Duty, Honor, Country:

General Douglas MacArthur's Farewell Speech

Given to the Corps of Cadets at West Pointexcerpts






  麥克阿瑟將軍 (General Douglas MacArthur, 1880-1964) 是美國名將,戰功彪炳。本篇來自他對西點軍校的學生隊的演講,也是他有生之年最後的一次重要演講。

  西點是美國最有名的職業軍人訓練基地,也是培養名將的搖籃。麥克阿瑟於 1904 年從這裡以最優異的成績畢業,將近一個花甲之後,他被學校選為當年對美國最有貢獻的人物,藉著領獎機會,他對母校的後生晚輩闡揚該校的校訓 (motto):責任、榮譽、國家。


  No human being could fail to be deeply moved by such a tribute as this Thayer Award. Coming from a profession I have served so long and a people I have loved so well, it fills me with an emotion I cannot express. But this award is not intended primarily to honor a personality, but to symbolize a great moral codea code of conduct and chivalry of those who guard this beloved land of culture and ancient descent.


  "Duty," "honor," "country"*those three hallowed words reverently dictate what you want to be, what you can be, what you will be. They are your rallying point to build courage when courage seems to fail, to regain faith when there seems to be little cause for faith, to create hope when hope becomes forlorn. Unhappily, I possess neither that eloquence of diction, that poetry of imagination, nor that brilliance of metaphor to tell you all that they mean.


  The unbelievers will say they are but words, but a slogan, but a flamboyant phrase. Every pedant, every demagogue, every cynic, every hypocrite, every troublemaker, and, I am sorry to say, some others of an entirely different character*, will try to downgrade them even to the extent of mockery and ridicule. But these are some of the things they build*. They build your basic character. They mold you for your future roles as the custodians of the nation's defense. They make you strong enough to know when you are weak, and brave enough to face yourself when you are afraid.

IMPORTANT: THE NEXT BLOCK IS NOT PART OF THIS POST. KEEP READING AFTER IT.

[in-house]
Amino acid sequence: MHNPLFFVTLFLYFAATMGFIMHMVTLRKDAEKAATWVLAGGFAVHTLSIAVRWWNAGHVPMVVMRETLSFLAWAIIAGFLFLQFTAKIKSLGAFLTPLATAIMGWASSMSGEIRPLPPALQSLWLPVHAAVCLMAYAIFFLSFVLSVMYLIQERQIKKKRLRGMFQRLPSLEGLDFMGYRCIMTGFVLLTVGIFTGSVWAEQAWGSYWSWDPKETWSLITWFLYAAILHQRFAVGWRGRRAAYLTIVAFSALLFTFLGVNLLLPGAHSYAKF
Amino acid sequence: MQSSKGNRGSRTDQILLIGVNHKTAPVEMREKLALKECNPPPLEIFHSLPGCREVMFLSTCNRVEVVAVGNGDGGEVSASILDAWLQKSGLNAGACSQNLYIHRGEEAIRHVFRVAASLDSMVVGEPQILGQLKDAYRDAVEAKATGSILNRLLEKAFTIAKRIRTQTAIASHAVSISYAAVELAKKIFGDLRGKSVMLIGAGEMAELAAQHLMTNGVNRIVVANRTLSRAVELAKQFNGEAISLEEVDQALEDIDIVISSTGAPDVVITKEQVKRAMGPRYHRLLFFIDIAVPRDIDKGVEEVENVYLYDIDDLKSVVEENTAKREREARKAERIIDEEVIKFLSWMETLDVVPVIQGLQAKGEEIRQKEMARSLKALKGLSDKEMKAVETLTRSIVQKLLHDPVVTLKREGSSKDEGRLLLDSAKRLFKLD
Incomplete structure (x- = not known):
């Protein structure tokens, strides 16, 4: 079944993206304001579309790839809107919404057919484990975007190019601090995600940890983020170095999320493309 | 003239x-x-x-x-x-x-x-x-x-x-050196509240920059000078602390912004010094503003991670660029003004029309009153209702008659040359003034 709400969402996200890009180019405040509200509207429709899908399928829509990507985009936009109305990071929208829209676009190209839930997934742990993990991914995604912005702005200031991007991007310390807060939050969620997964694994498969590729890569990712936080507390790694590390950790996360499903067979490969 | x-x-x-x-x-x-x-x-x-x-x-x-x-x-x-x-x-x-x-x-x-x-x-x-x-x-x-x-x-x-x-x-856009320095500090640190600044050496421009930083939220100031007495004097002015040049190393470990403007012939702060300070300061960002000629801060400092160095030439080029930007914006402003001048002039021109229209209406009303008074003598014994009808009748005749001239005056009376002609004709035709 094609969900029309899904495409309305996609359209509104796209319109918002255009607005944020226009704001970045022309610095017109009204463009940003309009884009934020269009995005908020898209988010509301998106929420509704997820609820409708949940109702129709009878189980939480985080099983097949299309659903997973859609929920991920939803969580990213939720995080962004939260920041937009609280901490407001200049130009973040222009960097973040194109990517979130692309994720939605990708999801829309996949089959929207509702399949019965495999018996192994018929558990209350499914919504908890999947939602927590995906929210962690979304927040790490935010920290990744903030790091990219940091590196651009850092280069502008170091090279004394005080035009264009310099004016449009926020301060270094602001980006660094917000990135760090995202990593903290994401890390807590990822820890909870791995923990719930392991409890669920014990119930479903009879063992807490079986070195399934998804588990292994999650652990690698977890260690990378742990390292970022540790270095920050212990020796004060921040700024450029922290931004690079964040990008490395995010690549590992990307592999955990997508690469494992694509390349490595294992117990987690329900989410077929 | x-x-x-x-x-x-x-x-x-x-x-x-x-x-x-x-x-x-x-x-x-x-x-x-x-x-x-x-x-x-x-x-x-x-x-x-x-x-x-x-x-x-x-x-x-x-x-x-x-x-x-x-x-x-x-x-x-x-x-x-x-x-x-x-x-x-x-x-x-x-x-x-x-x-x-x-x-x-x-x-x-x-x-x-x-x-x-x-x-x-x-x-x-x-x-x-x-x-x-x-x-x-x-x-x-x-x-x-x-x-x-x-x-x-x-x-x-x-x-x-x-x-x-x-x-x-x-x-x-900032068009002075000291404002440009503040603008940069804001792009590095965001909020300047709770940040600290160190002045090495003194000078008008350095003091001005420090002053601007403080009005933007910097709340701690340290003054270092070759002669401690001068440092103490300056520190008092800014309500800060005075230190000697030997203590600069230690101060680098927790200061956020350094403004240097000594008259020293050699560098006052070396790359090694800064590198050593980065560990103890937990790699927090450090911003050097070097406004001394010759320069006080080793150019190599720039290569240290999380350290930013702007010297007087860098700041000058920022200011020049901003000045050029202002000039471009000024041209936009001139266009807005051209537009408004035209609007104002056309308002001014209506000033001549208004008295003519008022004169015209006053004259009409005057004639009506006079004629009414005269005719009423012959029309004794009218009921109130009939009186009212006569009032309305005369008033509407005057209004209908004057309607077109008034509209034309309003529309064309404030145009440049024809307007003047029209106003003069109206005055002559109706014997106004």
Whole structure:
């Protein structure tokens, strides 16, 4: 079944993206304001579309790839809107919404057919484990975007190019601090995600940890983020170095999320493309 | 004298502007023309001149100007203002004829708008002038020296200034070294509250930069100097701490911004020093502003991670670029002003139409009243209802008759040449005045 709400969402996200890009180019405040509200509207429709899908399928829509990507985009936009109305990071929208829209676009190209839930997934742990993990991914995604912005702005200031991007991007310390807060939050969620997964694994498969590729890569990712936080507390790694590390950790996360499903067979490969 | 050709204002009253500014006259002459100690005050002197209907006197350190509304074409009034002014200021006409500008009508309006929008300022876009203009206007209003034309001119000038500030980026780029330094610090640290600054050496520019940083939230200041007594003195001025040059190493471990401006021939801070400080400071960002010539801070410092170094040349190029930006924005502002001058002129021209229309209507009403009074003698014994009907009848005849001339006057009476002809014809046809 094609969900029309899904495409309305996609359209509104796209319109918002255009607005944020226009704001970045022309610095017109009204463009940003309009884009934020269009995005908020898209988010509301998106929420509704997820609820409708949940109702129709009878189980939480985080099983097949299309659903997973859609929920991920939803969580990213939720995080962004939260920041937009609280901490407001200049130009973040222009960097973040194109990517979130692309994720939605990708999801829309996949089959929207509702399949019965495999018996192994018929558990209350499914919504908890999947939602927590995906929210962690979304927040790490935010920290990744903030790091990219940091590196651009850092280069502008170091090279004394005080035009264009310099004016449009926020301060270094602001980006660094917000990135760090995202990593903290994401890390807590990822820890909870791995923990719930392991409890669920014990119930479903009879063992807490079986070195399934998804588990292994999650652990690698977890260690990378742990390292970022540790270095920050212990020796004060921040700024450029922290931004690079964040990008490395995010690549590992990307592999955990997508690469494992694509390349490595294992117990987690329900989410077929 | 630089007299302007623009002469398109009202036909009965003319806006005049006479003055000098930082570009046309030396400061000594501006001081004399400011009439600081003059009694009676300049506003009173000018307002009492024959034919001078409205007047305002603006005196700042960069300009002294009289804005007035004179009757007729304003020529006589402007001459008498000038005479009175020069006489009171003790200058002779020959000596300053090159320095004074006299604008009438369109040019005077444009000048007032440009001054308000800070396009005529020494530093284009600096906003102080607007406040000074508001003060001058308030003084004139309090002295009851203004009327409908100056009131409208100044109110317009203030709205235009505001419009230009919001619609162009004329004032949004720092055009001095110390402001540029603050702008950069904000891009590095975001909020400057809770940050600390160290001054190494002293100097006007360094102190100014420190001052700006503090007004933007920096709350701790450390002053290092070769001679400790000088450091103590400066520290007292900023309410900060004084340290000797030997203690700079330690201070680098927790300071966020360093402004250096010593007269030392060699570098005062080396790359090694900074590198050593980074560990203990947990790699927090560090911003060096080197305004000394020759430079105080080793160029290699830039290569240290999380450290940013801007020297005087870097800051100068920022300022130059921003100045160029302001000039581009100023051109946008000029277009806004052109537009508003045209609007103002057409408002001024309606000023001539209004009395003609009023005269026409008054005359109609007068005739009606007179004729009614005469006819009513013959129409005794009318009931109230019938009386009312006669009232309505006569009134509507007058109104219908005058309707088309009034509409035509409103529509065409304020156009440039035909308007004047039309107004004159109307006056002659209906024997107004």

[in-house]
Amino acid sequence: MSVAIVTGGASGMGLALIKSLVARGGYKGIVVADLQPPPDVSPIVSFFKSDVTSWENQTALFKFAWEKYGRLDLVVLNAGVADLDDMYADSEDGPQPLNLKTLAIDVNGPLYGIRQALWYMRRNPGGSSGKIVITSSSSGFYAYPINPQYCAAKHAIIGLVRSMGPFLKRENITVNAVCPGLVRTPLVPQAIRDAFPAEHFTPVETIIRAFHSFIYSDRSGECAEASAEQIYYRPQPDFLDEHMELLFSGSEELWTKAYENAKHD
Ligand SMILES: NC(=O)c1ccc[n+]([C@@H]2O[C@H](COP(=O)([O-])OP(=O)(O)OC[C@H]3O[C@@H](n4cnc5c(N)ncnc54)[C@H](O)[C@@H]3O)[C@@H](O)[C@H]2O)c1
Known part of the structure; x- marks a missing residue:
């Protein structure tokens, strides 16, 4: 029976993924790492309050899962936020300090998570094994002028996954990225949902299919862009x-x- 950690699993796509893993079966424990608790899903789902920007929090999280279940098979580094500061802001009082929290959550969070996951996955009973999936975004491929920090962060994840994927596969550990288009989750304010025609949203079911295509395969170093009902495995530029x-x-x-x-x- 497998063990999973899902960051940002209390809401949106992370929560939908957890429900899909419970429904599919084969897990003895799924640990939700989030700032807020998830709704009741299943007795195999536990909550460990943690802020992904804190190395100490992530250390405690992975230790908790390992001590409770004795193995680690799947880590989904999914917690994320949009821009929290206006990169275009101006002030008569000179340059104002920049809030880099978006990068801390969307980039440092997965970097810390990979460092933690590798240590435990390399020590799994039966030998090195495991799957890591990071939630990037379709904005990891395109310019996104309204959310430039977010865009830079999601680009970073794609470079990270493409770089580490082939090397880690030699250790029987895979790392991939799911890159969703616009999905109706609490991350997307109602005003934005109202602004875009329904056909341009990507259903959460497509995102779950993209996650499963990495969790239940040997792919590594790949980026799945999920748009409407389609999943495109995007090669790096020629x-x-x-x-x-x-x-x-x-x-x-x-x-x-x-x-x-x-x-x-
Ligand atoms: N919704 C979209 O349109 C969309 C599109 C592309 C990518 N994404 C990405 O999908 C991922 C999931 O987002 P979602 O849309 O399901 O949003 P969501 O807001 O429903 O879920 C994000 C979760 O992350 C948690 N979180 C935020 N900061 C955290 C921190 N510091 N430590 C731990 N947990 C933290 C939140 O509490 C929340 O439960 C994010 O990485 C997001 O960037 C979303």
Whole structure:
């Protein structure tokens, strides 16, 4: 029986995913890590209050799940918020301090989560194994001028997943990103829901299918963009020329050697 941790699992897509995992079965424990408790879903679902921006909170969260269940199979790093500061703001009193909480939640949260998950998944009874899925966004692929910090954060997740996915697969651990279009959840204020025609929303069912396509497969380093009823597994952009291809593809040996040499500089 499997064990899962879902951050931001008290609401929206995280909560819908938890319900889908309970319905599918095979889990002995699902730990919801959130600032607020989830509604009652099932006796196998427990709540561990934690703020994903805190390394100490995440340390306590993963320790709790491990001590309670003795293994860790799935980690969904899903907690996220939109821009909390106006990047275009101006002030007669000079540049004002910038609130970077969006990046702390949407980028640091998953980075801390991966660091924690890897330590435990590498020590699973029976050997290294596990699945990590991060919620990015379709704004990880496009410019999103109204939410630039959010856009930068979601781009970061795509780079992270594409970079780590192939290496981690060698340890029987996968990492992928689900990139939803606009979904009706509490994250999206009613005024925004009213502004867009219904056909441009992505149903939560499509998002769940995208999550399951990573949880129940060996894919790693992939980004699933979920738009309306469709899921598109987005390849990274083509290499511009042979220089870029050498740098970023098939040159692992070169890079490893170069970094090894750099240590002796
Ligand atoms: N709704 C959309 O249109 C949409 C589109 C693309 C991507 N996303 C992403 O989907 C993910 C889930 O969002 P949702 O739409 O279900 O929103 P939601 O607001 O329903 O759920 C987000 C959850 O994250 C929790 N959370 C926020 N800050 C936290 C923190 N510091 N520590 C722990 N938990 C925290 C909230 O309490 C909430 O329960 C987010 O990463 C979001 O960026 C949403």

They teach you to be proud and unbending in honest failure, but humble and gentle in success; not to substitute words for action; not to seek the path of comfort, but to face the stress and spur of difficulty and challenge; to learn to stand up in the storm, but to have compassion on those who fall; to master yourself before you seek to master others; to have a heart that is clean, a goal that is high; to learn to laugh, yet never forget how to weep; to reach into the future, yet never neglect the past; to be serious, yet never take yourself too seriously; to be modest so that you will remember the simplicity of true greatness; the open mind of true wisdom, the meekness of true strength.


  They give you a temperate will, a quality of imagination, a vigor of the emotions, a freshness of the deep springs of life, a temperamental predominance of courage over timidity, an appetite for adventure over love of ease. They create in your heart the sense of wonder, the unfailing hope of what next, and the joy and inspiration of life. They teach you in this way to be an officer and a gentleman.